First sentences are doorways—entrances into written and spoken stories that either pull us in or push us away.
Are you aware of the entrances in your life and work and how they influence you?
I’ve been thinking a lot about entrances lately. How hard first sentences can be. How easy it is to miss opportunities that present themselves in the hubbub of my everyday life.
Films often offer a visual entrance, while songs offer them through sound.
Our homes, offices and third places have obvious physical entrances—doorways.
The entrance to a mountain trail is a trailhead or spur.
And we enter relationships through introductions.
An entrance is the way we enter another place (or space). It’s a passage, an opening, a gateway.
There is something enchanting about entrances. A good entrance can cast a spell over us. I love the ornate, historic gates in China.
In other cases, the extraordinary can be hidden behind the ordinary, like New York City’s secret restaurants. Or like the time my parents, grandparents, sisters and I were traveling through Wyoming and encountered the best restaurant of trip. It was hidden in the back of a gas station.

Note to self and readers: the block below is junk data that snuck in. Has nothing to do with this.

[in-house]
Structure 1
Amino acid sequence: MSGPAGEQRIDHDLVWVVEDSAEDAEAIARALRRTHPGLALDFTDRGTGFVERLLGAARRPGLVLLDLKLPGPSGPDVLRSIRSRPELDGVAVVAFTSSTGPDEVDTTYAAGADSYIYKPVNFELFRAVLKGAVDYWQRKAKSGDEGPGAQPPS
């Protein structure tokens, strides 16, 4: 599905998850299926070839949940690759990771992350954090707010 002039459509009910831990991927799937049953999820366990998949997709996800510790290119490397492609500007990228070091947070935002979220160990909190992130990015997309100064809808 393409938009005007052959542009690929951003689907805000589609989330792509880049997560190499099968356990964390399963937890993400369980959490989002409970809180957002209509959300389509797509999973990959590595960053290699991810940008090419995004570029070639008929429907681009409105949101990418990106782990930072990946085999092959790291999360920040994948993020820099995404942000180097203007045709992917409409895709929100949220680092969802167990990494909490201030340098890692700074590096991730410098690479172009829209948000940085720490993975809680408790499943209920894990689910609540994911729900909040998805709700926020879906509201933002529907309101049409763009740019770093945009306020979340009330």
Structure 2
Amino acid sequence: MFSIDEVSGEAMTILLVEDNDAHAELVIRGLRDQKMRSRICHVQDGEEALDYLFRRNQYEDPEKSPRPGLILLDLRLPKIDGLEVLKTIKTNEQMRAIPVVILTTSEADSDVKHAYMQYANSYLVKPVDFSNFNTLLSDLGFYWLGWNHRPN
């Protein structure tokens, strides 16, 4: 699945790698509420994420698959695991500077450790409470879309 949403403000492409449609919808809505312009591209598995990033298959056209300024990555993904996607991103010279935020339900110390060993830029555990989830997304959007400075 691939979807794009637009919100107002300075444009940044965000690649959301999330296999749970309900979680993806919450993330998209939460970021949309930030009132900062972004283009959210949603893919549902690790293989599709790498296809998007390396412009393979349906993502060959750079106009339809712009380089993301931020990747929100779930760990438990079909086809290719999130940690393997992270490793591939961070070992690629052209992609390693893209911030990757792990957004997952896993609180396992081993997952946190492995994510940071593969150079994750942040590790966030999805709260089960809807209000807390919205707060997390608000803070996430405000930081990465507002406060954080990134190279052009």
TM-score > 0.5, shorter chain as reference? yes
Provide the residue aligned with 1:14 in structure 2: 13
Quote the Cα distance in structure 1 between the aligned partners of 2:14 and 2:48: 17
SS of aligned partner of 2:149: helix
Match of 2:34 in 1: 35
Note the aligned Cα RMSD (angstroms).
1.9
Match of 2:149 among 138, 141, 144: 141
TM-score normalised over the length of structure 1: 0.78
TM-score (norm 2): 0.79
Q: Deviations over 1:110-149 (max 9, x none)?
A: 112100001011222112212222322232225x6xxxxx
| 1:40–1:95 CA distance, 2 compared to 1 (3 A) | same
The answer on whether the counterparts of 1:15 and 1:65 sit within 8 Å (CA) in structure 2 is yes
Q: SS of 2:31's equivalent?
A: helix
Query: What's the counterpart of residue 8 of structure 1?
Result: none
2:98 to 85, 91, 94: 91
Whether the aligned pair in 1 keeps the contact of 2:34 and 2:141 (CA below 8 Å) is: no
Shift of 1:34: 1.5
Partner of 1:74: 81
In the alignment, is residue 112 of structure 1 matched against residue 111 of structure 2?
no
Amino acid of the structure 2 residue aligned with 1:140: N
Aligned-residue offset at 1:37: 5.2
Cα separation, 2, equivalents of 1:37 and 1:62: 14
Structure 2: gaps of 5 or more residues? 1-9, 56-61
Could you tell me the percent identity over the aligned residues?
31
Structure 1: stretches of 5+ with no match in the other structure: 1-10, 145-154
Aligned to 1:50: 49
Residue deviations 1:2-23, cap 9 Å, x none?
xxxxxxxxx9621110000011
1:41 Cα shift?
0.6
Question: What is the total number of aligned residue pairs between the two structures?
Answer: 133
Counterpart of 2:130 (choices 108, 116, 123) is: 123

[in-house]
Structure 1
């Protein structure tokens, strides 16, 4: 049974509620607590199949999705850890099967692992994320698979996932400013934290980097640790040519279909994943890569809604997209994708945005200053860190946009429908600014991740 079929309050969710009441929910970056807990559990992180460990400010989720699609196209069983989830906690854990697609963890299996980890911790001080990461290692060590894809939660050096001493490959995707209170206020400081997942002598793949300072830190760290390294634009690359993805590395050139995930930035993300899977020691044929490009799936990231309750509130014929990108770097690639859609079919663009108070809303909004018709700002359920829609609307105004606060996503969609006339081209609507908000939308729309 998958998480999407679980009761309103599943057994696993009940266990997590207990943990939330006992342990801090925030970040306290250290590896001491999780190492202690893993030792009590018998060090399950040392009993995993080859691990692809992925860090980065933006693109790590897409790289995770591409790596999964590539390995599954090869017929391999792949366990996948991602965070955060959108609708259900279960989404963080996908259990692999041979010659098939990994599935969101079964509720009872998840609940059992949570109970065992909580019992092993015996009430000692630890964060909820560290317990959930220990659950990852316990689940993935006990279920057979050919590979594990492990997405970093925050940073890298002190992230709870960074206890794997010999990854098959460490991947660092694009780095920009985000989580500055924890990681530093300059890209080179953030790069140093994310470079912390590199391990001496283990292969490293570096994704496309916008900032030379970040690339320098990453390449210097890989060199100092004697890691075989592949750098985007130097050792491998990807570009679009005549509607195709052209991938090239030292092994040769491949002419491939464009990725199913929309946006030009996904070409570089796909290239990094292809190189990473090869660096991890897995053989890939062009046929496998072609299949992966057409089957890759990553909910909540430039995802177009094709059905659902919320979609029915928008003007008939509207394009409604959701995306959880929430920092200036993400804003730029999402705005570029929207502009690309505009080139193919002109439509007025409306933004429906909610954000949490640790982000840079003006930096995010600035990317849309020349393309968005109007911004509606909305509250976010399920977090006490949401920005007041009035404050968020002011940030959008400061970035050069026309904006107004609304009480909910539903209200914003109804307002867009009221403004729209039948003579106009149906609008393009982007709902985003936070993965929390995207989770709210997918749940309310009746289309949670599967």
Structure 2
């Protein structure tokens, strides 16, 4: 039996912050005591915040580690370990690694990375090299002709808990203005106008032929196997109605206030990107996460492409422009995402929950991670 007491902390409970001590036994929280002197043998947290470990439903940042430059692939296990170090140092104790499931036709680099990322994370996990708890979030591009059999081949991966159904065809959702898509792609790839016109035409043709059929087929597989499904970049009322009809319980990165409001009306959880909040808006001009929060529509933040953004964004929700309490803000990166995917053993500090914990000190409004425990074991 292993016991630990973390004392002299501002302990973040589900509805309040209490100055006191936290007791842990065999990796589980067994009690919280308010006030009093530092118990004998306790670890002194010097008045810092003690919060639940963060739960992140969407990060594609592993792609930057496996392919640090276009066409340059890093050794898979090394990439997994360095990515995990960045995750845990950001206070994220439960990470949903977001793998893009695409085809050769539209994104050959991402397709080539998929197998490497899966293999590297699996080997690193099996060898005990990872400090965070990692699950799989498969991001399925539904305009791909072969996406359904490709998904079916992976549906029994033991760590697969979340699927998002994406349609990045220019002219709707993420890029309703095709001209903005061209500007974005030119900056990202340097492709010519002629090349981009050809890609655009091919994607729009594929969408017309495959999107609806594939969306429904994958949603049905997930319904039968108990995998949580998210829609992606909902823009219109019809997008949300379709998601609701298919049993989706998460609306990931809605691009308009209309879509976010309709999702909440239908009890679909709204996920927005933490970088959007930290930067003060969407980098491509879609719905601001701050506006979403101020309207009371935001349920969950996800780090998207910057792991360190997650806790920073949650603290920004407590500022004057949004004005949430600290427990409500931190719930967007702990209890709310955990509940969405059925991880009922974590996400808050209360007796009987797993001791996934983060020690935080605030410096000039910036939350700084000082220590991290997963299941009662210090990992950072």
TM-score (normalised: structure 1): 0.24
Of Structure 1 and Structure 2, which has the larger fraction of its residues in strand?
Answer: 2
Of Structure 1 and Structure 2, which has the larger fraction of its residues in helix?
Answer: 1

A lot of value is given to ideas in creative circles, but what about entrances? What about the passages we take from our everyday, physical world to our imaginary ones? And what about the laborious passages we make to bring those imaginative places into the physical world through books, paintings, performances and websites?
I love that the word entrance (noun) appears the same as entrance (verb). Even though they’re not etymologically related, they share the same physical identity on the written page.
A good entrance can entrance us.
And like doorways, entrances to the creative can be enchanting when encountered, or they can be hidden for only those of us open to entering.
As you go through your day today, or even your week, think about the role entrances play in your everyday and creative lives. Not just the ones you physically walk through, but the ones you choose to enter—like a good story or relationship.
Do the entrances in my life and work entrance? That’s the question I’ve been asking myself.
I’m thinking they should.
From May 2012 to July 2013, I wrote a weekly series of intimate essays for writers and artists seeking a deeper connection with their identity and place as modern creatives. I called this series Root Notes. This was an essay in that series. It was originally published on June 23, 2013.